Emotional Literacy Support (ELSA)
What is the ELSA programme?
ELSA (Emotional Literacy Support Assistant) is an educational psychology led intervention which aims to promote the emotional well being of children and young people. It recognises that children learn better and are happier in school if their emotional needs are also addressed.
ELSA is an initiative developed and supported by educational psychologists who apply psychological knowledge of children’s social and emotional development to particular areas of need and to specific casework.
Why do we run the ELSA programme?
We established the ELSA programme as we wanted to provide qualified support to our children who would benefit from :
- manage their anger and stress levels;
- develop their self-esteem;
- develop their social and friendship skills
- learning to cope after loss or breavement.
ELSA support is much more than having a friendly chat with an anxious child. It is also much more than problem-solving some difficulties a young person is having.
ELSA support is about developing a respectful relationship in which the young person is enabled to think about their situation without feeling judged or criticised. It is intended to be short-term purposeful support, usually to help develop new skills or coping strategies that enable the pupil to experience greater success.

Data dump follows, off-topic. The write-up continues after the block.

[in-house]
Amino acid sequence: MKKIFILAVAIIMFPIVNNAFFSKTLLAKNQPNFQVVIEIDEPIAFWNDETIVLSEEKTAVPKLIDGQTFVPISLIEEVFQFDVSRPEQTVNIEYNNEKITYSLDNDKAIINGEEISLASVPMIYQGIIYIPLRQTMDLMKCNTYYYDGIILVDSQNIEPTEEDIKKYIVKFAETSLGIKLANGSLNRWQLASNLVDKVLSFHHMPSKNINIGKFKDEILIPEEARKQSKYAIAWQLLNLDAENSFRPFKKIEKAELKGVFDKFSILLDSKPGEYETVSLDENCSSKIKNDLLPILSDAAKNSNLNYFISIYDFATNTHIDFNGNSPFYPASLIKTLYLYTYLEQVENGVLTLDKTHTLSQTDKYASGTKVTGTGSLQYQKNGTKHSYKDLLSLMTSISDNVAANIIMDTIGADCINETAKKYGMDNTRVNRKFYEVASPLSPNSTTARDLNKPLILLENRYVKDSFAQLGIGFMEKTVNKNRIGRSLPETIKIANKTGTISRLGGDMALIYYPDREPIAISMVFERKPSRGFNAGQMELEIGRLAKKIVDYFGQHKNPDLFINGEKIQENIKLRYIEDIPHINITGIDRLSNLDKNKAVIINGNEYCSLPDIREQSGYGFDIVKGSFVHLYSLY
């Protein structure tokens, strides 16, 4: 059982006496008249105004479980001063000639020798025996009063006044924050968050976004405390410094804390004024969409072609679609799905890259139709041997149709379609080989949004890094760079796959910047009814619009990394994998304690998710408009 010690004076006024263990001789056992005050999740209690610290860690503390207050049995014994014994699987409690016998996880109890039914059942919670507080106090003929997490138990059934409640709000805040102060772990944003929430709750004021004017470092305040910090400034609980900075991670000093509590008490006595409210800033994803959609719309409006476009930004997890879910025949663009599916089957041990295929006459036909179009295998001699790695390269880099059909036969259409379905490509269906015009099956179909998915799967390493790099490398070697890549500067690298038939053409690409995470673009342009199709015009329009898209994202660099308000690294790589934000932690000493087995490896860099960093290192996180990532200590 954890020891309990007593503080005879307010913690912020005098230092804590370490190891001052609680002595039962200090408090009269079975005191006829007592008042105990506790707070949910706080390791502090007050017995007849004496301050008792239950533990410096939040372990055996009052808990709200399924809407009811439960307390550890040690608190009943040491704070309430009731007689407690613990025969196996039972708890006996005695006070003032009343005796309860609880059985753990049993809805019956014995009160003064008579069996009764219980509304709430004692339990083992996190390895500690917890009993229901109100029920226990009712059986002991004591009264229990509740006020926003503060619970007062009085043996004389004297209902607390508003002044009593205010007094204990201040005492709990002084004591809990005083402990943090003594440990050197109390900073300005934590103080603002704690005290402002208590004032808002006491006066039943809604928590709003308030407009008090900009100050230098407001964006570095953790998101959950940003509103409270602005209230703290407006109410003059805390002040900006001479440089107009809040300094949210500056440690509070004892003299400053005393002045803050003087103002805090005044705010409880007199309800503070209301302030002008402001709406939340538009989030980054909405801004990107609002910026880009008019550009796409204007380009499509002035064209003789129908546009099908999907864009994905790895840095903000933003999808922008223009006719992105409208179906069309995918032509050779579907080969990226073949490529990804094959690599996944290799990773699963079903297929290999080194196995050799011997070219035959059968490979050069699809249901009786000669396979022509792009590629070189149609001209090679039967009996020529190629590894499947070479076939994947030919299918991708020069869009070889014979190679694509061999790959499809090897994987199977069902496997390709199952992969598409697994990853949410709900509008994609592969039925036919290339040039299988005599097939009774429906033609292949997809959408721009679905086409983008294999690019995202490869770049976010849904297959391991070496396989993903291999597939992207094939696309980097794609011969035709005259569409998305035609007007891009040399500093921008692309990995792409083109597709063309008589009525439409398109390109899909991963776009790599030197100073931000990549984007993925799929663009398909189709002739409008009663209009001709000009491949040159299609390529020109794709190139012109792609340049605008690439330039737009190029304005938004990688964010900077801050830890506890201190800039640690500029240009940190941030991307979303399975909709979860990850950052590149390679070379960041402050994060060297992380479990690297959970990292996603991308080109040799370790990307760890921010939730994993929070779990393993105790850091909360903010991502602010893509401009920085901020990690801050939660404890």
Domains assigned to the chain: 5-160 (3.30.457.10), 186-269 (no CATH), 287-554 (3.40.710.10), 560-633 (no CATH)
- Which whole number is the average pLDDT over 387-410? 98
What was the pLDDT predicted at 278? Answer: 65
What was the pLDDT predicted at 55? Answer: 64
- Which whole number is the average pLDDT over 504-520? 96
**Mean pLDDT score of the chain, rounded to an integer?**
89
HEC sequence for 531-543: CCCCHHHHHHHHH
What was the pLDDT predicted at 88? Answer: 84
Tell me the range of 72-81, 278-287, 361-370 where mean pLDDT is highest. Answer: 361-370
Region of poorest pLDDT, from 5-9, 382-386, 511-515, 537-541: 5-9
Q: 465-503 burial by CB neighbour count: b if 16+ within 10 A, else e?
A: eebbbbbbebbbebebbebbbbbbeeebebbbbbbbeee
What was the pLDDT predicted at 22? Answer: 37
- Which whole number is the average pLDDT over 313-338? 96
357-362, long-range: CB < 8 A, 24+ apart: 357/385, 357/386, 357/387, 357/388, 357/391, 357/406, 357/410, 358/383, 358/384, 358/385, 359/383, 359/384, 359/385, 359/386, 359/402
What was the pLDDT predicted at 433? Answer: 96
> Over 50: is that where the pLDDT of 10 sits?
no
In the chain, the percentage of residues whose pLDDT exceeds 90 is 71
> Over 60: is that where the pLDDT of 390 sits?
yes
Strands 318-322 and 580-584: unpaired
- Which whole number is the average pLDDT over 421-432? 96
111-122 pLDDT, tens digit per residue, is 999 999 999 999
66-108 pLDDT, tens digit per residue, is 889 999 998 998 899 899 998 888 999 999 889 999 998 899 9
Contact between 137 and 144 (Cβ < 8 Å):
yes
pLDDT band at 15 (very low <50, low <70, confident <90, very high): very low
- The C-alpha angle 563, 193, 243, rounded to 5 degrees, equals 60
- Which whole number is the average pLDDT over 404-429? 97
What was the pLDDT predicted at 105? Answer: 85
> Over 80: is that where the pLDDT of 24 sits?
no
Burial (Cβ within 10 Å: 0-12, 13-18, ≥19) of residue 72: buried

Who runs the ELSA programme at Creswell Junior School?
Our trained ELSA’s are:
- Mrs Joanne Clegg an Mrs Claire Pattison.
How often do our ELSAs work with a pupil?
Normally ELSAs plan to meet with a pupil weekly. Half an hour to an hour is often a good length of time for a session. It allows time to:
- check how the child is;
- review what was done last time to find out what the child has remembered or what may need to be revisited;
- to focus on the new session objective using interesting games or activities
- to have a rounded ending that prepares the pupil for their return to class
How long should ELSA involvement last?
Most programmes last for half a term to a term. The programme always has a specific focus. Once the programme aims have been met, it may be appropriate to move from a planned programme to some informal follow-up support while the youngster generalises new learning into the wider school context. This maintenance support would involve seeing the pupil less frequently or more briefly than during the programme itself.
Some pupils may at a later date receive a further period of intervention with different programme aims.